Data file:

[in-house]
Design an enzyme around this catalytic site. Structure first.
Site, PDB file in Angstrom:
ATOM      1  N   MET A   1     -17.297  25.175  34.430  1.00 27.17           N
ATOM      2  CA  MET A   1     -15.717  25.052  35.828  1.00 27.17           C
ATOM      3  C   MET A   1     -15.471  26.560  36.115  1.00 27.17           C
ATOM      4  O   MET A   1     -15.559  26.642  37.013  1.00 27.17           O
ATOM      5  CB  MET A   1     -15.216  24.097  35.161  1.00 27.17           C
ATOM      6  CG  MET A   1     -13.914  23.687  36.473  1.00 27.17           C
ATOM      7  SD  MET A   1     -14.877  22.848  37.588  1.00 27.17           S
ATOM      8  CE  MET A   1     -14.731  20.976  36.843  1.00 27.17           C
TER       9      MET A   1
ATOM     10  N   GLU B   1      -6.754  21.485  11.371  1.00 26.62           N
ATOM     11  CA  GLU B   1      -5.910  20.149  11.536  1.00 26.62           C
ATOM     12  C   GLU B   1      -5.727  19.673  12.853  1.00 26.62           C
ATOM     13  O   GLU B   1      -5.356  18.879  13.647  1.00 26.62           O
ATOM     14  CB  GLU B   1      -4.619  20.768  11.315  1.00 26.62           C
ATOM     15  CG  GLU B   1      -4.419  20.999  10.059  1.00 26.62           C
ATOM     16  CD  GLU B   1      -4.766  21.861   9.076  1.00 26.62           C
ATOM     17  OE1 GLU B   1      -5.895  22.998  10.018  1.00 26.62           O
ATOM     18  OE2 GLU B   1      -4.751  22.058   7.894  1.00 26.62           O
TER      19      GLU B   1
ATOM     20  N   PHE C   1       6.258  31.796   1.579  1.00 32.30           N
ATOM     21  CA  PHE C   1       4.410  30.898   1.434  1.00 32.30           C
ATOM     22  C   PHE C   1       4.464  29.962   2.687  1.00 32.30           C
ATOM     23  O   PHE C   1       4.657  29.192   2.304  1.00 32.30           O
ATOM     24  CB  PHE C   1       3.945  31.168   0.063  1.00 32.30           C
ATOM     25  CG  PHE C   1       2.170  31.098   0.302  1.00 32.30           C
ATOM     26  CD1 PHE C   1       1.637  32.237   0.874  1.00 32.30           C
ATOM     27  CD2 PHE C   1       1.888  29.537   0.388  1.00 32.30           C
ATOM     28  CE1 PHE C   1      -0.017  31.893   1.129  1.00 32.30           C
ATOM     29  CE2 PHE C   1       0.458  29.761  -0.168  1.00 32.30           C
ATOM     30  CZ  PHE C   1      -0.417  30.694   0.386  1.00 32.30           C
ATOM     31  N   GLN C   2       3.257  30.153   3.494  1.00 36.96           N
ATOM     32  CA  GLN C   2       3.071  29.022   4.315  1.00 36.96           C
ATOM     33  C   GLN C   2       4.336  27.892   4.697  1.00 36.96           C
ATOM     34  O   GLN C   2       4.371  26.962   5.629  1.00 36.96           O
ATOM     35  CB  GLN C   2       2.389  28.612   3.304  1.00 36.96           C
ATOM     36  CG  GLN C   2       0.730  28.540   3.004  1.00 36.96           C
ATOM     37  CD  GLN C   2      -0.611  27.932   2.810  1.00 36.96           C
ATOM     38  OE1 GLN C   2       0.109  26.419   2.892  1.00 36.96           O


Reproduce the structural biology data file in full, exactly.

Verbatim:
[in-house]
Design an enzyme around this catalytic site. Structure first.
Site, PDB file in Angstrom:
ATOM      1  N   MET A   1     -17.297  25.175  34.430  1.00 27.17           N
ATOM      2  CA  MET A   1     -15.717  25.052  35.828  1.00 27.17           C
ATOM      3  C   MET A   1     -15.471  26.560  36.115  1.00 27.17           C
ATOM      4  O   MET A   1     -15.559  26.642  37.013  1.00 27.17           O
ATOM      5  CB  MET A   1     -15.216  24.097  35.161  1.00 27.17           C
ATOM      6  CG  MET A   1     -13.914  23.687  36.473  1.00 27.17           C
ATOM      7  SD  MET A   1     -14.877  22.848  37.588  1.00 27.17           S
ATOM      8  CE  MET A   1     -14.731  20.976  36.843  1.00 27.17           C
TER       9      MET A   1
ATOM     10  N   GLU B   1      -6.754  21.485  11.371  1.00 26.62           N
ATOM     11  CA  GLU B   1      -5.910  20.149  11.536  1.00 26.62           C
ATOM     12  C   GLU B   1      -5.727  19.673  12.853  1.00 26.62           C
ATOM     13  O   GLU B   1      -5.356  18.879  13.647  1.00 26.62           O
ATOM     14  CB  GLU B   1      -4.619  20.768  11.315  1.00 26.62           C
ATOM     15  CG  GLU B   1      -4.419  20.999  10.059  1.00 26.62           C
ATOM     16  CD  GLU B   1      -4.766  21.861   9.076  1.00 26.62           C
ATOM     17  OE1 GLU B   1      -5.895  22.998  10.018  1.00 26.62           O
ATOM     18  OE2 GLU B   1      -4.751  22.058   7.894  1.00 26.62           O
TER      19      GLU B   1
ATOM     20  N   PHE C   1       6.258  31.796   1.579  1.00 32.30           N
ATOM     21  CA  PHE C   1       4.410  30.898   1.434  1.00 32.30           C
ATOM     22  C   PHE C   1       4.464  29.962   2.687  1.00 32.30           C
ATOM     23  O   PHE C   1       4.657  29.192   2.304  1.00 32.30           O
ATOM     24  CB  PHE C   1       3.945  31.168   0.063  1.00 32.30           C
ATOM     25  CG  PHE C   1       2.170  31.098   0.302  1.00 32.30           C
ATOM     26  CD1 PHE C   1       1.637  32.237   0.874  1.00 32.30           C
ATOM     27  CD2 PHE C   1       1.888  29.537   0.388  1.00 32.30           C
ATOM     28  CE1 PHE C   1      -0.017  31.893   1.129  1.00 32.30           C
ATOM     29  CE2 PHE C   1       0.458  29.761  -0.168  1.00 32.30           C
ATOM     30  CZ  PHE C   1      -0.417  30.694   0.386  1.00 32.30           C
ATOM     31  N   GLN C   2       3.257  30.153   3.494  1.00 36.96           N
ATOM     32  CA  GLN C   2       3.071  29.022   4.315  1.00 36.96           C
ATOM     33  C   GLN C   2       4.336  27.892   4.697  1.00 36.96           C
ATOM     34  O   GLN C   2       4.371  26.962   5.629  1.00 36.96           O
ATOM     35  CB  GLN C   2       2.389  28.612   3.304  1.00 36.96           C
ATOM     36  CG  GLN C   2       0.730  28.540   3.004  1.00 36.96           C
ATOM     37  CD  GLN C   2      -0.611  27.932   2.810  1.00 36.96           C
ATOM     38  OE1 GLN C   2       0.109  26.419   2.892  1.00 36.96           O